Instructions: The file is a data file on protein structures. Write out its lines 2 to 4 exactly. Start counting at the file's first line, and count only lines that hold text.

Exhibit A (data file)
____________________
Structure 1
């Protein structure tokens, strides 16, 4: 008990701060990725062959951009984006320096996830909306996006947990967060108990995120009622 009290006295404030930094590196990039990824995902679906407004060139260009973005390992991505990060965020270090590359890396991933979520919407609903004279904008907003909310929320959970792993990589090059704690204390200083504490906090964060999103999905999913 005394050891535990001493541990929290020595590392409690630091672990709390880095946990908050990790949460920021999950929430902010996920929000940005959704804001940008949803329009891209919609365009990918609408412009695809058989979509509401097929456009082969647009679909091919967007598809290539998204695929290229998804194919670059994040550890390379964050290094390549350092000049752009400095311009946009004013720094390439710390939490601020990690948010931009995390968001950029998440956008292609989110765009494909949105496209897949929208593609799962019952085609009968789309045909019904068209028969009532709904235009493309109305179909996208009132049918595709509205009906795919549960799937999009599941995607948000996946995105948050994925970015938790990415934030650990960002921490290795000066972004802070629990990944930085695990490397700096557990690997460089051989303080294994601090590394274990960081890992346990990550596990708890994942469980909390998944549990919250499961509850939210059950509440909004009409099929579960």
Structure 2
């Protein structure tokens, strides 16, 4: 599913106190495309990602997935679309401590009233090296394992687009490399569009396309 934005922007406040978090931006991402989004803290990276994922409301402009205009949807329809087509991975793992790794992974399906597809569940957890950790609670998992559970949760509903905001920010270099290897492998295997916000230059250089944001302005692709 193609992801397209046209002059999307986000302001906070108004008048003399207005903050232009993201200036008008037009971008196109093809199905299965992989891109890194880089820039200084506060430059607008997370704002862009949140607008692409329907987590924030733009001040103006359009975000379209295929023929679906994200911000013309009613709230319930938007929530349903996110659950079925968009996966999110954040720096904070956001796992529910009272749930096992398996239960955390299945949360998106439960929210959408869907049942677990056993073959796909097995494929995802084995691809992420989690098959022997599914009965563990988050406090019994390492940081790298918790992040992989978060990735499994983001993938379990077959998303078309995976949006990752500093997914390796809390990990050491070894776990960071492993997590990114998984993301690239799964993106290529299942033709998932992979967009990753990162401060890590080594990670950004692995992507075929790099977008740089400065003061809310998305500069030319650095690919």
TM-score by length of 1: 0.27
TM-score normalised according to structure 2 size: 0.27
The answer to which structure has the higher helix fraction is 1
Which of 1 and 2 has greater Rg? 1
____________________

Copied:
């Protein structure tokens, strides 16, 4: 008990701060990725062959951009984006320096996830909306996006947990967060108990995120009622 009290006295404030930094590196990039990824995902679906407004060139260009973005390992991505990060965020270090590359890396991933979520919407609903004279904008907003909310929320959970792993990589090059704690204390200083504490906090964060999103999905999913 005394050891535990001493541990929290020595590392409690630091672990709390880095946990908050990790949460920021999950929430902010996920929000940005959704804001940008949803329009891209919609365009990918609408412009695809058989979509509401097929456009082969647009679909091919967007598809290539998204695929290229998804194919670059994040550890390379964050290094390549350092000049752009400095311009946009004013720094390439710390939490601020990690948010931009995390968001950029998440956008292609989110765009494909949105496209897949929208593609799962019952085609009968789309045909019904068209028969009532709904235009493309109305179909996208009132049918595709509205009906795919549960799937999009599941995607948000996946995105948050994925970015938790990415934030650990960002921490290795000066972004802070629990990944930085695990490397700096557990690997460089051989303080294994601090590394274990960081890992346990990550596990708890994942469980909390998944549990919250499961509850939210059950509440909004009409099929579960």
Structure 2
């Protein structure tokens, strides 16, 4: 599913106190495309990602997935679309401590009233090296394992687009490399569009396309 934005922007406040978090931006991402989004803290990276994922409301402009205009949807329809087509991975793992790794992974399906597809569940957890950790609670998992559970949760509903905001920010270099290897492998295997916000230059250089944001302005692709 193609992801397209046209002059999307986000302001906070108004008048003399207005903050232009993201200036008008037009971008196109093809199905299965992989891109890194880089820039200084506060430059607008997370704002862009949140607008692409329907987590924030733009001040103006359009975000379209295929023929679906994200911000013309009613709230319930938007929530349903996110659950079925968009996966999110954040720096904070956001796992529910009272749930096992398996239960955390299945949360998106439960929210959408869907049942677990056993073959796909097995494929995802084995691809992420989690098959022997599914009965563990988050406090019994390492940081790298918790992040992989978060990735499994983001993938379990077959998303078309995976949006990752500093997914390796809390990990050491070894776990960071492993997590990114998984993301690239799964993106290529299942033709998932992979967009990753990162401060890590080594990670950004692995992507075929790099977008740089400065003061809310998305500069030319650095690919």